AudioDarling: Buoys and razor wire on Rio Grande gives Mexico an excuse not to pay the US its water debt

Former McAllen mayor is interviewed about how the Rio Grande Valley continues to grow if water availability becomes more problematic.

EDINBURG, Texas – Former McAllen Mayor Jim Darling says placing razor wire and buoys on the Rio Grande gives Mexico a good excuse not to repay its water debt to the United States.

Darling is recognized as an expert on water issues and is a member of Region M Water Planning Group, a state appointed board. He is concerned about the long-term viability of the Rio Grande Valley’s growth trajectory should the region not come up with a plan to access more water.

Texas Gov. Greg Abbott has had razor wire and buoys placed in the Rio Grande near Eagle Pass to deter migrants from crossing the river. The U.S. Justice Department argued in federal court that Abbott did not have the authority to do this and a federal judge ordered the barriers be removed from the river. Abbott took the case to an appeals court and won. The case may end up going to the US Supreme Court.

In an in-depth interview with the Rio Grande Guardian International News Service, Darling responded to a question about a recent news story which quoted a U.S. State Department official as saying in federal court that Gov. Greg Abbott’s decision to place buoys and razor wire in the middle of the Rio Grande could be used as an excuse by Mexico not to pay its water debt to the U.S.

“It doesn’t help, does it?” Darling responded. “It certainly doesn’t help what we are trying to do. It gives them (Mexico) another excuse not to release (the water). You know, they (the buoys) float across into Mexico and the governor did get them moved back but they’re going to float back into Mexico again. It’s the river and you are messing with the river. W’ve got aquatic weed flowing down and had all kinds of different things. You don’t want to mess with that river.”

Later in the interview, Darling returned to the issue of Abbott placing buoys and razor wire in the Rio Grande. Darling said he had met recently with U.S. Rep. Monica De La Cruz and told her it is not as easy as telling Mexico to release the water.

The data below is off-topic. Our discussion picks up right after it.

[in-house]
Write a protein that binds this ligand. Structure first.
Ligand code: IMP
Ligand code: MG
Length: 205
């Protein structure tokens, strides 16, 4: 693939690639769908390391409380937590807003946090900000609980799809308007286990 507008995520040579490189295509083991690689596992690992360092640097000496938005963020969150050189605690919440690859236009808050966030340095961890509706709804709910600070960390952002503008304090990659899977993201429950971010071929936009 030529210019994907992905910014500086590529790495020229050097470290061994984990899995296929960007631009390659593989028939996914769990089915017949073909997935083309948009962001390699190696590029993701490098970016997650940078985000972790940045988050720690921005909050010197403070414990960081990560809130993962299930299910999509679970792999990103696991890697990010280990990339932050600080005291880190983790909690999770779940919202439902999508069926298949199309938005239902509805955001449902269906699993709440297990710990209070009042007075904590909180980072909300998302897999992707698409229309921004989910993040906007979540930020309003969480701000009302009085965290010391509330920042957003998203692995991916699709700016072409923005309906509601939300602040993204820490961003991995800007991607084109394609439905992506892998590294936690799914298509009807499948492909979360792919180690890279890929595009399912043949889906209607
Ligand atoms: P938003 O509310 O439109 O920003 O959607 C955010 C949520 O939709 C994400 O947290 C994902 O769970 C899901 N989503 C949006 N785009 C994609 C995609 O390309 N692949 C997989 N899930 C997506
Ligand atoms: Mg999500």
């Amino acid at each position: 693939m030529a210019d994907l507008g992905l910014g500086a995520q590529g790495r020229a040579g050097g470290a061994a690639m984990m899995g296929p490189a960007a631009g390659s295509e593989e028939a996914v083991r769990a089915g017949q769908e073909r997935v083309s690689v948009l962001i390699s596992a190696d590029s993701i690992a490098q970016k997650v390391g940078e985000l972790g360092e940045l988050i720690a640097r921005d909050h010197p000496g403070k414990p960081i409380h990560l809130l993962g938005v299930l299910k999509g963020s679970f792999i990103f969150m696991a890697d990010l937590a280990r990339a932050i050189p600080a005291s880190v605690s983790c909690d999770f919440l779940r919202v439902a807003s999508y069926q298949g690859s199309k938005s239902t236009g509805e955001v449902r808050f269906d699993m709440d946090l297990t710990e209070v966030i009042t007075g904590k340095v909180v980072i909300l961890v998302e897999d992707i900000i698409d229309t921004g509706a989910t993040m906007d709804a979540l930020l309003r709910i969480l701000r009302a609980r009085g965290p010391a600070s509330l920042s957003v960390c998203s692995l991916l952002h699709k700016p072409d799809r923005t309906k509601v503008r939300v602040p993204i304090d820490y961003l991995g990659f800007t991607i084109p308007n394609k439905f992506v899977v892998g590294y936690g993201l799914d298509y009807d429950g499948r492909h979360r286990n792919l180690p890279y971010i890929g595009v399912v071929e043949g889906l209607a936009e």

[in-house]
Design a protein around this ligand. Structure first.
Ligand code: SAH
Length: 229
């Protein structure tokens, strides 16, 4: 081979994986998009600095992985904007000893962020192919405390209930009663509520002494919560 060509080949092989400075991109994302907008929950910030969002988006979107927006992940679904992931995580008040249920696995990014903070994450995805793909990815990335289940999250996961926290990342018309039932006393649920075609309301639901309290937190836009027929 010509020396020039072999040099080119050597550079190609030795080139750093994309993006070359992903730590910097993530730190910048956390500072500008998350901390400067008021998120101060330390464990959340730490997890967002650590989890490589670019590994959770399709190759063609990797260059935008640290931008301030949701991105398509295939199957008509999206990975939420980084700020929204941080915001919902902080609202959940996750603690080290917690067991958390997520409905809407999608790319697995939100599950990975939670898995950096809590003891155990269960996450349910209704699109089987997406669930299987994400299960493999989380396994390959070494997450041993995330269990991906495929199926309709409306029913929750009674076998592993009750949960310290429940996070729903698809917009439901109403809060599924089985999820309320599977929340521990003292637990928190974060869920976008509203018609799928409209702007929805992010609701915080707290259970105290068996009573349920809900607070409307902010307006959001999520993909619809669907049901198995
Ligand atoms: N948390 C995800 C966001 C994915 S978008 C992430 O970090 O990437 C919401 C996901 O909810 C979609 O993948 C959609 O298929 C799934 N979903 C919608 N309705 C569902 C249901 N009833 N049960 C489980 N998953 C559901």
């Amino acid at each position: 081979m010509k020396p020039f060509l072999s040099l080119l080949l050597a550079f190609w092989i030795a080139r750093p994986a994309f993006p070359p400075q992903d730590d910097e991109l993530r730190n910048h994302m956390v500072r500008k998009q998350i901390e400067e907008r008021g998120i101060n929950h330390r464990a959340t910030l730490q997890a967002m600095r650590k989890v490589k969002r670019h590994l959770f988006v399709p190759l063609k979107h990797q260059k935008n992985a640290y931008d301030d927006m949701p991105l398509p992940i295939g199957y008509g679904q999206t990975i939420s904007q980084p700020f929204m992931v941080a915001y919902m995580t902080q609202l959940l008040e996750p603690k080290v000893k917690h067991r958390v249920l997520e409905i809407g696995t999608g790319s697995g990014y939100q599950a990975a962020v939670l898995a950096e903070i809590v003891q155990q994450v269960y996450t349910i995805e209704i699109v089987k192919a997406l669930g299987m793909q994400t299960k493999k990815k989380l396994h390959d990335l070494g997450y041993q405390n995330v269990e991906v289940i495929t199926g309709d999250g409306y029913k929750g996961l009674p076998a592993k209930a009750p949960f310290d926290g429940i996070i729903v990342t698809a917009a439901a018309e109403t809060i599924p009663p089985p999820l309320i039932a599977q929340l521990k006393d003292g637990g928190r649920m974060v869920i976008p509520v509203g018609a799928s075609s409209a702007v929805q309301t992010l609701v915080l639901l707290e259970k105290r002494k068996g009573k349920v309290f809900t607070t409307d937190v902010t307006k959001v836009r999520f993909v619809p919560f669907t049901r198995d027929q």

“It is more complicated than it appears at first glance. Just saying, hey, Mexico turn over the water… you made a good point. If the publicity is bad in Mexico, and this guy (Mexican President Andrés Manuel López Obrador) is a politician and he wants to release water from Mexico to the United States, he’s not going to do it (because of public opinion). The guy in Texas wouldn’t do that. You’re giving them all the grief… a good relationship with Mexico is important at the state level, just as much as the federal level.”

According to a 1944 international water treaty, Mexico has to deliver an average of 350,000 acre feet of water per year to the U.S. over a five year cycle. “They haven’t given anything in this cycle,” Darling said.

At the start of the interview, Darling spoke about the low levels of water in Amistad and Falcon Dams.

“This last rain (we had) didn’t make any significant interest. So we’re losing… our water supply is going down about seven tenths of one percent a week. We’re at 23 point something. It means we’ve got four weeks, five weeks, before it goes 20 percent. The reason 20 percent is significant is because that’s when Ag (water) is cut off.”

Darling said the Valley has only gone below 20 percent capacity in the Amistad and Falcon dams once in the history of the reservoir systems. He said that was in 1999. At that point, Darling said, Valley cities are supposed to take “some drastic action” such as not issuing any new building permits.

Far more seriously, Darling said, is how you get cities their water once Ag water is cut off. With Ag water cut off, the efficiency rate of getting water to the cities is only 62 percent, Darling explained. 

“Well, that means you’re losing 38 percent of your water right there. But then a lot of (irrigation) districts charge 15 percent or whatever to get the water from the river to their plants. Without Ag pushing the water, It’s going to be more. So, let’s figure it’s about 20 percent. But now you’re below around 40 percent of your water availability.”

In his interview with the Guardian, Darling also spoke about water availability for the fast-growing Valley in the long term. The Guardian sought the interview because water was not covered as an issue in the recent economic summit hosted by the Rio Grande Valley Partnership.

Here is an audio recording of the interview with Mayor Darling:

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